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A Lot or a Little?
What you will—and won't—find in this movie.
What it means to be a true friend. Courage, compassion, and empathy are also displayed.
Positive Role Models
Mitya is a soulful boy who sees the good in a kindly robot, in a way that his engineer father can't. Robo is a loyal friend.
Violence & Scariness
Mistakenly thinking Robo is violent and dangerous, the police try to destroy him. When real danger presents itself, Robo saves the humans around him, at his own peril. A bully pins their misdeed on a classmate.
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Some use of "crap."
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Parents Need to Know
Parents need to know that Robo is a Russian (dubbed into English) family-friendly sci-fi adventure with some moments of mild peril. Mitya (Daniil Izotov) is a 12-year-old boy who befriends a deeply empathetic robot designed by his cold-hearted scientist father to rescue humans during catastrophes. The robot is far too human to please the boy's father, and the boy is far too artistic to please his father, setting the scene for the robot-boy friendship. Like Mitya, the robot is seeking family connection. The target audience is young children who will probably embrace the adorable robot. However, as with E.T.: The Extraterrestrial, adult humans try to capture the robot and this may briefly upset some viewers. There is an instance of a bully pinning his misdeed on a classmate and there is use of the word "crap." To stay in the loop on more movies like this, you can sign up for weekly Family Movie Night emails.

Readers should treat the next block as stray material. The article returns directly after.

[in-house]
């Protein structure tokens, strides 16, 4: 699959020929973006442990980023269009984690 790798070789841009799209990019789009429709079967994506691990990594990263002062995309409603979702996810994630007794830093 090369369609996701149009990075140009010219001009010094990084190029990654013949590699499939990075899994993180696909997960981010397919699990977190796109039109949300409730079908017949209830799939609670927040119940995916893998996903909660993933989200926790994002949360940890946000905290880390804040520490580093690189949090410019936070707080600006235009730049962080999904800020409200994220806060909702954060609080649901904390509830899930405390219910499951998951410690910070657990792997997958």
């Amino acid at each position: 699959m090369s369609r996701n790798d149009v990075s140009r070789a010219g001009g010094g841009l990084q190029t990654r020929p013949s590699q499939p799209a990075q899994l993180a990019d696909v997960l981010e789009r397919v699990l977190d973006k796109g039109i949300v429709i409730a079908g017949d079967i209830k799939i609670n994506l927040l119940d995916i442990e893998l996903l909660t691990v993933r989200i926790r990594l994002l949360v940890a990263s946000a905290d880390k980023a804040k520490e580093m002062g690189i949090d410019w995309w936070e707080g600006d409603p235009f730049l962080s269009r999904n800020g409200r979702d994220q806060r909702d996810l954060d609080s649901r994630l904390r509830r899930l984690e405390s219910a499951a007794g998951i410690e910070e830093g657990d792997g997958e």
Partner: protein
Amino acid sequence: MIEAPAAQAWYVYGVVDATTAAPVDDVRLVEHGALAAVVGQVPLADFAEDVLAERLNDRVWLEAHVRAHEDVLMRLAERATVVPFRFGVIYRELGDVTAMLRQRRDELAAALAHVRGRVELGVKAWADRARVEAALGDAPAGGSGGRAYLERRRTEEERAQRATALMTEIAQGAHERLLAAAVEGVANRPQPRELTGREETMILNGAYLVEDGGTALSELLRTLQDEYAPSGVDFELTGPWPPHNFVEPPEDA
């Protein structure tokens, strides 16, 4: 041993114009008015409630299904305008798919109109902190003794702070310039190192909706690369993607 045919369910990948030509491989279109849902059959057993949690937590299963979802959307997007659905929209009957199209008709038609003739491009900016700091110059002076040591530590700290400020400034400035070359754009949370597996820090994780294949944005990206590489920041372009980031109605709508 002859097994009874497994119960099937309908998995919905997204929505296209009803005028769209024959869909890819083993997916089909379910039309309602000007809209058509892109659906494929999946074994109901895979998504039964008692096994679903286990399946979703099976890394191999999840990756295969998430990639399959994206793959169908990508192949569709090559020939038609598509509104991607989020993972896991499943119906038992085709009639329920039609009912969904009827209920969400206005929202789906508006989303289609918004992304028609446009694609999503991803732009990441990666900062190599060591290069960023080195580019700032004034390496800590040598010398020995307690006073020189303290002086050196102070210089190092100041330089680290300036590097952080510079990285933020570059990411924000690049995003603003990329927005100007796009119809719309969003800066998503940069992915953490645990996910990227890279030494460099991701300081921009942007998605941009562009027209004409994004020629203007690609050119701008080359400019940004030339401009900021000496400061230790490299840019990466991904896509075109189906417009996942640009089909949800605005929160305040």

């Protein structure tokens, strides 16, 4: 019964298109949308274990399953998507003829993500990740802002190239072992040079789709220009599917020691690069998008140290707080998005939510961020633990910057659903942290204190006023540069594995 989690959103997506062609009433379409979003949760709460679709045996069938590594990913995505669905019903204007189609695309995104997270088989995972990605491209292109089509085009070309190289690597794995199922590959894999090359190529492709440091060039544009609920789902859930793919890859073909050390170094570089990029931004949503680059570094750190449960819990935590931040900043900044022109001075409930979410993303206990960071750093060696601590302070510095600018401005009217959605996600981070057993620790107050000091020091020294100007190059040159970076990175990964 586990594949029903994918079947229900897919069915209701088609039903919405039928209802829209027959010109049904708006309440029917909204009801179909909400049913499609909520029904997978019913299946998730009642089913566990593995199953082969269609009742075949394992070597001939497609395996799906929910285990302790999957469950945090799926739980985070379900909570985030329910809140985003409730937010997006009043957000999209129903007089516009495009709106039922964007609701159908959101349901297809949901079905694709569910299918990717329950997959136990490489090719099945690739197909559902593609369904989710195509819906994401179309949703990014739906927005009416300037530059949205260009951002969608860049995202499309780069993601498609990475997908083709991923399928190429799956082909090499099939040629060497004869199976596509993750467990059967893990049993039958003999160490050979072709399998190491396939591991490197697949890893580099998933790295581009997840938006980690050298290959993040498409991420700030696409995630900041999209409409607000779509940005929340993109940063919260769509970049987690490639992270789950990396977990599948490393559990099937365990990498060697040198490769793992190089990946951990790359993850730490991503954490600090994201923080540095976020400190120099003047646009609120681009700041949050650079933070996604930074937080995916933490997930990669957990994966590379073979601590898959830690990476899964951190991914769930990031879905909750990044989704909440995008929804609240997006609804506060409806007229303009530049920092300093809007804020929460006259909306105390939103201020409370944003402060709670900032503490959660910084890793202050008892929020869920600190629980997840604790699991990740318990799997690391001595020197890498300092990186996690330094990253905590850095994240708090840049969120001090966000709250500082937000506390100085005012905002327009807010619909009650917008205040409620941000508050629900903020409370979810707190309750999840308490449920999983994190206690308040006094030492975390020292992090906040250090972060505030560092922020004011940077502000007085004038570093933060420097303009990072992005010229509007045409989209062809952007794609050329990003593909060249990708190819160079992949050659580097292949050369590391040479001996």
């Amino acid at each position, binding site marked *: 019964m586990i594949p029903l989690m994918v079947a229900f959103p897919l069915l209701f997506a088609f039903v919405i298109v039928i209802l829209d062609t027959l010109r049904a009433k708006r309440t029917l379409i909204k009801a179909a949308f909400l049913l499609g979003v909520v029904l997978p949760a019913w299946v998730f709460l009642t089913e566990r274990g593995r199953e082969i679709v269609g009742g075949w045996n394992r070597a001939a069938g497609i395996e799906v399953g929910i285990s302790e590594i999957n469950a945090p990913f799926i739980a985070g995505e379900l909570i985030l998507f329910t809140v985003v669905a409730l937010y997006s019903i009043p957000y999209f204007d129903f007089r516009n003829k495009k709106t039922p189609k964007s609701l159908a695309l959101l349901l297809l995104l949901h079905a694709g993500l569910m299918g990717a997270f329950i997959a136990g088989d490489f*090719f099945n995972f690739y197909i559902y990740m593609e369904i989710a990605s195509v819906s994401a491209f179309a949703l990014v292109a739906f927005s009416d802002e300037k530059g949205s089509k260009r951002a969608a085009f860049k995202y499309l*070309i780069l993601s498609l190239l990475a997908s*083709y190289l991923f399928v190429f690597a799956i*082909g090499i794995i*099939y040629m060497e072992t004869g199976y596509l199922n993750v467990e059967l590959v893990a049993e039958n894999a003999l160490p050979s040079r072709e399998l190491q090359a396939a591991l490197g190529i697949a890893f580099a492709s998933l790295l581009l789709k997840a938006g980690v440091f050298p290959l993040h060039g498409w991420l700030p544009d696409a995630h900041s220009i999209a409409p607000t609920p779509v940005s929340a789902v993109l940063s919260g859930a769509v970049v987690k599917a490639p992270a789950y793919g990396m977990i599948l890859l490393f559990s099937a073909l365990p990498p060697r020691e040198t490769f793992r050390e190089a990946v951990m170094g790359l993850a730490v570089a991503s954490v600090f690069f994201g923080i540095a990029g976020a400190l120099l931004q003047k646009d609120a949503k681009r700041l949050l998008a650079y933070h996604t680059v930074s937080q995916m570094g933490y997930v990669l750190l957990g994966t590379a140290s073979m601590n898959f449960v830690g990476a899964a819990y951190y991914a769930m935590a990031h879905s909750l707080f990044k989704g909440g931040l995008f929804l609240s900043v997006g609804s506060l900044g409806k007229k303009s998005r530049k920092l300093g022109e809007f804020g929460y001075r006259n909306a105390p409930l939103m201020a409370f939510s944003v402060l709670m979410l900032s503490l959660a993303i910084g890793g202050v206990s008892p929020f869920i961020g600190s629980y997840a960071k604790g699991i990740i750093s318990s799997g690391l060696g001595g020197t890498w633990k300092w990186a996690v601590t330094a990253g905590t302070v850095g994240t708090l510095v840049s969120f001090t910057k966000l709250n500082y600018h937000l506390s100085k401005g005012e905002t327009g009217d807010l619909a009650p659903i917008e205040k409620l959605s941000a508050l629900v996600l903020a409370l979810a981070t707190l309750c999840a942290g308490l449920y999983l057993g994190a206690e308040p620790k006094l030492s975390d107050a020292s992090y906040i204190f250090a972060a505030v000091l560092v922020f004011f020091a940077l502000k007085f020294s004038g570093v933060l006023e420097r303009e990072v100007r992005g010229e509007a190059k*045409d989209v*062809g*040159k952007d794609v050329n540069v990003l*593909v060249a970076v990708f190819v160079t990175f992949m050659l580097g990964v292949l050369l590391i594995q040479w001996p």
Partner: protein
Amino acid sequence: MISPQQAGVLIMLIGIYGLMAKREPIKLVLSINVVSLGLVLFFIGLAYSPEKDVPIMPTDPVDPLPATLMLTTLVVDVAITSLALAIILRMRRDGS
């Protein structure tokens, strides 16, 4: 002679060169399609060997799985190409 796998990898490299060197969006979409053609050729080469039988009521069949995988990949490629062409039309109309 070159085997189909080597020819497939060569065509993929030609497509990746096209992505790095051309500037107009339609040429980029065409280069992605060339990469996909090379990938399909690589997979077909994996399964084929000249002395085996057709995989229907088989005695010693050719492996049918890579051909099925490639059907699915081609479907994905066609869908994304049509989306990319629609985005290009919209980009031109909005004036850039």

Is It Any Good?
There's a distinct lack of originality with this Russian sci-fi adventure, but younger viewers may not care that this is a story that's been told before and better. It's perhaps unfair to compare Robo to classics such as E.T.: The Extraterrestrial. But the comparisons are inescapable leaving the movie feeling stilted and unoriginal. Both Robo, a robot with a heart, and Mitya, the young boy who befriends the likable robot, are underdogs, with the duo forming a heartwarming kinship.
Izotov does a good job portraying Mitya as a struggling tween who is trying to avoid disappointing his parents while staying true to himself. There's also enough going on that the young target audience will probably nevertheless enjoy the story and may wish for their own delightful robotic friend by the closing credits.
Did we miss something on diversity?
Research shows a connection between kids' healthy self-esteem and positive portrayals in media. That's why we've added a new "Diverse Representations" section to our reviews that will be rolling out on an ongoing basis. You can help us help kids by suggesting a diversity update.